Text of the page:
Dilemma: The Shoe Situation

On or off? IMG_1713Do you ask guests to remove their shoes when they enter your home?

Etiquette experts agree that it’s naff to ask people to remove their shoes. There are two reasons: A) It’s uncomfortable for guests whose shoes are part of their outfit and B) most of us feel we lose an element of dignity once the hardware underneath our feet is removed (just think of the shifty faces near the airport security area).

On the other hand, what if you’ve just washed the floors/hoovered the carpets and your mate arrives with half an eco-system under his soles? Or what if you’re concerned about invisible bacteria being dragged into your home?

I have asked around, and the results are mixed. Some express utter bemusement at the idea of being asked to remove their shoes. More than one person said they really didn’t fancy seeing people in their socks (almost as if this was equal to friends sitting around the sofa in their underwear). Another friend told me that traditionally it’s considered OK to wear shoes in people’s homes as long as you don’t enter bedrooms or bathrooms. Finally, one or two people said they operate a strict ‘no outdoor footwear’ policy, mainly because they are concerned about bacteria. I have complete sympathy with this argument. The problem is I don’t like to remove my own shoes, which is obviously a bit hypocritical.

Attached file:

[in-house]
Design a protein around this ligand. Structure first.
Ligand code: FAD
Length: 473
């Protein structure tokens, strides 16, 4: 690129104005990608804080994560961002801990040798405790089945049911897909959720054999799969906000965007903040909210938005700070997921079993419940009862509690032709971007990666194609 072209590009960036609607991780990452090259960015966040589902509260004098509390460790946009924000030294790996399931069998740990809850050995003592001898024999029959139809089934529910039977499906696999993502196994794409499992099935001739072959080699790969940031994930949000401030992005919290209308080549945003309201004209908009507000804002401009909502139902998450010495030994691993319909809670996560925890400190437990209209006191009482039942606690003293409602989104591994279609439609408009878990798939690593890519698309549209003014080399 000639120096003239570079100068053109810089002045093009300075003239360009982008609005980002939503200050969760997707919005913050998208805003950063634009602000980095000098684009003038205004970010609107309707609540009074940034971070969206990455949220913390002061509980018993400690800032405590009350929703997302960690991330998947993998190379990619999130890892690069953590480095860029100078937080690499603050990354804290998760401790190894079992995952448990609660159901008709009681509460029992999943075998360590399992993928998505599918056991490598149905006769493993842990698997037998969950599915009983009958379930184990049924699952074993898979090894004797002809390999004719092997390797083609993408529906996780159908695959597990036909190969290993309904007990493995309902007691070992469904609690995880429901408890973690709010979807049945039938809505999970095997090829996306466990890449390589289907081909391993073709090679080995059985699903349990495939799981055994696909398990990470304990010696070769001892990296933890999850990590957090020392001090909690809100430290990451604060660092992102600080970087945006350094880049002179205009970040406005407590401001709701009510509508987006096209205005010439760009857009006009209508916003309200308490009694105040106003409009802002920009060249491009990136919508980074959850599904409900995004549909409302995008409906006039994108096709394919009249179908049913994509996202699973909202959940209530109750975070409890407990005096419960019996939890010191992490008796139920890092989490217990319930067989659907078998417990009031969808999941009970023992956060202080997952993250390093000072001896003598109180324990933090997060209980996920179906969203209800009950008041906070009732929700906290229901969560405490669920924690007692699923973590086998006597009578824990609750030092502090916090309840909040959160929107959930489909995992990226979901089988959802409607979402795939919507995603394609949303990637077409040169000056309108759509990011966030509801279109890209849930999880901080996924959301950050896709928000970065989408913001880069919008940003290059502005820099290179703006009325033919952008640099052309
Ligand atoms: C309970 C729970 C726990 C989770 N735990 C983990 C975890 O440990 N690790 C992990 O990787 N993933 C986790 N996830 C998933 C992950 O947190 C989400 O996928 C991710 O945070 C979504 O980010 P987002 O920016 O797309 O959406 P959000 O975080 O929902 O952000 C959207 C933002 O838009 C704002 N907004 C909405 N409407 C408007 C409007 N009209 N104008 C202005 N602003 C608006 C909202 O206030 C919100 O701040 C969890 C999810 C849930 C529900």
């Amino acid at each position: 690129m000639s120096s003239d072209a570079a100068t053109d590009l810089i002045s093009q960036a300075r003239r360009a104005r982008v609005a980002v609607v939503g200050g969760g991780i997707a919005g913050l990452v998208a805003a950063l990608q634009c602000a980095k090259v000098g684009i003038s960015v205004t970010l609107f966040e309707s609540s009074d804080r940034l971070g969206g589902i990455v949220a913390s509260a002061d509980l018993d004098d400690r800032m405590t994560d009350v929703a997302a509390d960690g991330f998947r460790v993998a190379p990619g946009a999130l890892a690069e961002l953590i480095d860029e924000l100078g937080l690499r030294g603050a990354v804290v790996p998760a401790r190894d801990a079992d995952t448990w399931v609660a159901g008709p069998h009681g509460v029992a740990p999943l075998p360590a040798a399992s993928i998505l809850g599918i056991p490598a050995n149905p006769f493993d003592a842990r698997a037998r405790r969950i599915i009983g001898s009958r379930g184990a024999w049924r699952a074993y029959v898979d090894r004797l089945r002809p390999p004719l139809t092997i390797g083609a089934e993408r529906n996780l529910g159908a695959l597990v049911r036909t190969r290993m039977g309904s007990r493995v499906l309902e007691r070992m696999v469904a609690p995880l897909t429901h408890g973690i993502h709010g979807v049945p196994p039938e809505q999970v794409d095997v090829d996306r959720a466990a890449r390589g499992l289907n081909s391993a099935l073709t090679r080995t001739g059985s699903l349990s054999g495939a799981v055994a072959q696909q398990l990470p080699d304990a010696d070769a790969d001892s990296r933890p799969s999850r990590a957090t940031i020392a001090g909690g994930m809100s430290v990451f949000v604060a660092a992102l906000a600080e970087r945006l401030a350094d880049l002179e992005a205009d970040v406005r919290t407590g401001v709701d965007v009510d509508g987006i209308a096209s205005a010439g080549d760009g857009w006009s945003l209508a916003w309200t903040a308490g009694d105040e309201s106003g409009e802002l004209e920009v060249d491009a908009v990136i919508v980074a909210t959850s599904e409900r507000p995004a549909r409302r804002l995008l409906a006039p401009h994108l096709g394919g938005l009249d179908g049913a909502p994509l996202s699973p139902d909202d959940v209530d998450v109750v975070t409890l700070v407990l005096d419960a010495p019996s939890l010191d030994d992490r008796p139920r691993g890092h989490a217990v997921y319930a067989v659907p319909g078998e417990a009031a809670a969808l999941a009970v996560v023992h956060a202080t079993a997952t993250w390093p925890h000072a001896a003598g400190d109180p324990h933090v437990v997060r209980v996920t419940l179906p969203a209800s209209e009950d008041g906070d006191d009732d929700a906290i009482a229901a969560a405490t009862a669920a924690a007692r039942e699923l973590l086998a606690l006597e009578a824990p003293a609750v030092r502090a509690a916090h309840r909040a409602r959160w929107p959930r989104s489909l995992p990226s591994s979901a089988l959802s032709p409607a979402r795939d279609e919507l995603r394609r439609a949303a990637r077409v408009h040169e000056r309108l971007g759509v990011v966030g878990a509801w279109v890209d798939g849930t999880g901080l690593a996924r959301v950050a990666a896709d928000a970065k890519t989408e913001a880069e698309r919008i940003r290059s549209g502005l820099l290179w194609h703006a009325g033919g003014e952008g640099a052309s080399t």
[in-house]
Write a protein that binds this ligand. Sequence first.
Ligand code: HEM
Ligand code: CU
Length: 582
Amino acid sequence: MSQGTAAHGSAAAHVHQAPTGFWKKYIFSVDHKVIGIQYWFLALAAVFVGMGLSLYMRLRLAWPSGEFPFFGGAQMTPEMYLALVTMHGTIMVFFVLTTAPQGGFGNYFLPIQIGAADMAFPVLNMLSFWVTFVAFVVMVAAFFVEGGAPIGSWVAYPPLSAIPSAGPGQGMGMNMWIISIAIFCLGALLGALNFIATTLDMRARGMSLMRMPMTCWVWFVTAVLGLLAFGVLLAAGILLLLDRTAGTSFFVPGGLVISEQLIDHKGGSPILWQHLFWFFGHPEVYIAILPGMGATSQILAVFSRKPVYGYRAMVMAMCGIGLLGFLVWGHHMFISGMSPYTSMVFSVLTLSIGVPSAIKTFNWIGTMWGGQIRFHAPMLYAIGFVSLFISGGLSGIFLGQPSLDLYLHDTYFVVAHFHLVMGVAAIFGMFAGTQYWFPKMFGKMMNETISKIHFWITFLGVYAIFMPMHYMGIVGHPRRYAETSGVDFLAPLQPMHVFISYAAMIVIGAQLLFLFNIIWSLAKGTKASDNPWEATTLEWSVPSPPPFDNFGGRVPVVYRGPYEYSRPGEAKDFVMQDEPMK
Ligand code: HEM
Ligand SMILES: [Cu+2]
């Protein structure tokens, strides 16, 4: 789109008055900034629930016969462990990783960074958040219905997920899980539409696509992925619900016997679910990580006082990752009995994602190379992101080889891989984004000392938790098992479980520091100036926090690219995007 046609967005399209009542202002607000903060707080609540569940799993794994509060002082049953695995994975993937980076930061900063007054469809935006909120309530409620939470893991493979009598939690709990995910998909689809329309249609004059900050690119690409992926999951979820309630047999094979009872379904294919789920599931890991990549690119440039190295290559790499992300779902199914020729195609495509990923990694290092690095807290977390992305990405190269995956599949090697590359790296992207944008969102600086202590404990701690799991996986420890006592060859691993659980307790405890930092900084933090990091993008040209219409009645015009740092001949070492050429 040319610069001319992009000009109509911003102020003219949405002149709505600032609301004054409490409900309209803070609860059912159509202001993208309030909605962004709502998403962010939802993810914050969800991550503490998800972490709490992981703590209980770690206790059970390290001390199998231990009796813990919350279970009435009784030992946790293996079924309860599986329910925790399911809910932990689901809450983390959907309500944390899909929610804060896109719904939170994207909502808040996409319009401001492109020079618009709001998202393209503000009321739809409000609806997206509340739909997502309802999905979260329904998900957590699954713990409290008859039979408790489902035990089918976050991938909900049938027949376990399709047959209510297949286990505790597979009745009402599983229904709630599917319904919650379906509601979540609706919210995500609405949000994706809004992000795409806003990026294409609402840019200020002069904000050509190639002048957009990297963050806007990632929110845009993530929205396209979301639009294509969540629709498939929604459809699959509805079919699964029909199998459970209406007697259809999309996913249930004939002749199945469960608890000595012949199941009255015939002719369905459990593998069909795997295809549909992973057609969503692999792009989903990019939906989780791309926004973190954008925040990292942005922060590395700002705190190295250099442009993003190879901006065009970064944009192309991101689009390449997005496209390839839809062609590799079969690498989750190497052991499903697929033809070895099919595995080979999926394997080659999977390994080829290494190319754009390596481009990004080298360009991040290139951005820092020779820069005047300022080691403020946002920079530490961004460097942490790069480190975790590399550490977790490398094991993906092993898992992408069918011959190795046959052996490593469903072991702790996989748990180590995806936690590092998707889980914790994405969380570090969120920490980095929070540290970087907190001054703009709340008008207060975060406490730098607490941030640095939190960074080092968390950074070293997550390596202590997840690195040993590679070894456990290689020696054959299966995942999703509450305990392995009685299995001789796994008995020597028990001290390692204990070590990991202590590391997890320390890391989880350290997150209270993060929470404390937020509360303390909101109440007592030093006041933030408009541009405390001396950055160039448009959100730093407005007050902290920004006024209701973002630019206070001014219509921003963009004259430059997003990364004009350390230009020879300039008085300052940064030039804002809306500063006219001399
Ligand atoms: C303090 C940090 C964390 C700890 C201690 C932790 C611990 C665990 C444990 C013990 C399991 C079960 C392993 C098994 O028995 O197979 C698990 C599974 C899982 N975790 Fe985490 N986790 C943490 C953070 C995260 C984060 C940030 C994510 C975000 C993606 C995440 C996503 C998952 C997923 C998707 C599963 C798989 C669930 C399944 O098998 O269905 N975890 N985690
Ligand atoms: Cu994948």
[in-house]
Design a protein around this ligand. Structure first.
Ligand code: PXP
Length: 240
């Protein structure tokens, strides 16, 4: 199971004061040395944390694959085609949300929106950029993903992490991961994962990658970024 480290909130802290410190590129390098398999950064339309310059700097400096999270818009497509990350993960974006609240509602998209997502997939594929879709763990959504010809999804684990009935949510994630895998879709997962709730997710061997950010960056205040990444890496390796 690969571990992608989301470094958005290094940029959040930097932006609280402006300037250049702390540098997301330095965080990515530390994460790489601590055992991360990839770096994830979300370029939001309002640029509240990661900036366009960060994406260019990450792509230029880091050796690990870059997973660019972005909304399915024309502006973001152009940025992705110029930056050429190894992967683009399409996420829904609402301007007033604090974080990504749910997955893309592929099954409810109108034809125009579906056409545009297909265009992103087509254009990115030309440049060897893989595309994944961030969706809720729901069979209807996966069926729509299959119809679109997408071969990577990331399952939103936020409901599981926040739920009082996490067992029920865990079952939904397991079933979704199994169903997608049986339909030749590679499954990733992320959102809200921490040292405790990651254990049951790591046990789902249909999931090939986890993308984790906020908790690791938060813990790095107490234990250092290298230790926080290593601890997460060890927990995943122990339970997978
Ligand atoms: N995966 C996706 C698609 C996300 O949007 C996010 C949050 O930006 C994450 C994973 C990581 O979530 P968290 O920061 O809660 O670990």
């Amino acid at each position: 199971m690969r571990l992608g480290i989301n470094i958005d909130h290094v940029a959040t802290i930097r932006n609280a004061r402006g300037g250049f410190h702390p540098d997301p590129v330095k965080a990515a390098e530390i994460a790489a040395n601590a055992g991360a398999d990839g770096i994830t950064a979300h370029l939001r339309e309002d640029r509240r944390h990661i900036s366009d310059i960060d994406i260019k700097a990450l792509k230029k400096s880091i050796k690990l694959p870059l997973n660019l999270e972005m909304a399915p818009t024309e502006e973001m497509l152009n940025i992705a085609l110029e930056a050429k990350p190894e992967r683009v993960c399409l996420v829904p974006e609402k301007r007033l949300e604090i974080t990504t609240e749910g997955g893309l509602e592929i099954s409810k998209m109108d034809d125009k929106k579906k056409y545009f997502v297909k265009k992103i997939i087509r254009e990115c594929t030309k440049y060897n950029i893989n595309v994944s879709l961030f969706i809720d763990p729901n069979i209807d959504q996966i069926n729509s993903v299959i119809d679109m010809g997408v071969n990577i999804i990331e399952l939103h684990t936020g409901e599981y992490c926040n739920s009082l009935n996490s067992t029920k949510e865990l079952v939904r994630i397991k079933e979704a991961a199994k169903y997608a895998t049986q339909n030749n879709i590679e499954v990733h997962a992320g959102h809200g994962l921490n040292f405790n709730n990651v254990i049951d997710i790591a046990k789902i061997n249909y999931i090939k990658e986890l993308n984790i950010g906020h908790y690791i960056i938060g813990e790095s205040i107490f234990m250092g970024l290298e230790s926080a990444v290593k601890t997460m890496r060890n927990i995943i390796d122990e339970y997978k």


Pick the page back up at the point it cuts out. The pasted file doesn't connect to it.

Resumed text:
Perhaps the trick is to warn people in advance. When visiting friends whose homes I know to be strict no-outdoor-footwear-zones, I always bring a change of footwear in a bag.

What do you think? Leave a thought in the comments section below.

Mette x


3 thoughts

  1. I think it’s only polite to remove your shoes when entering someone’s home, which is why I do have difficulty in asking people to remove their shoes, I prefer to assume that they would do this without having to be asked, especially as I have a cream coloured carpet!

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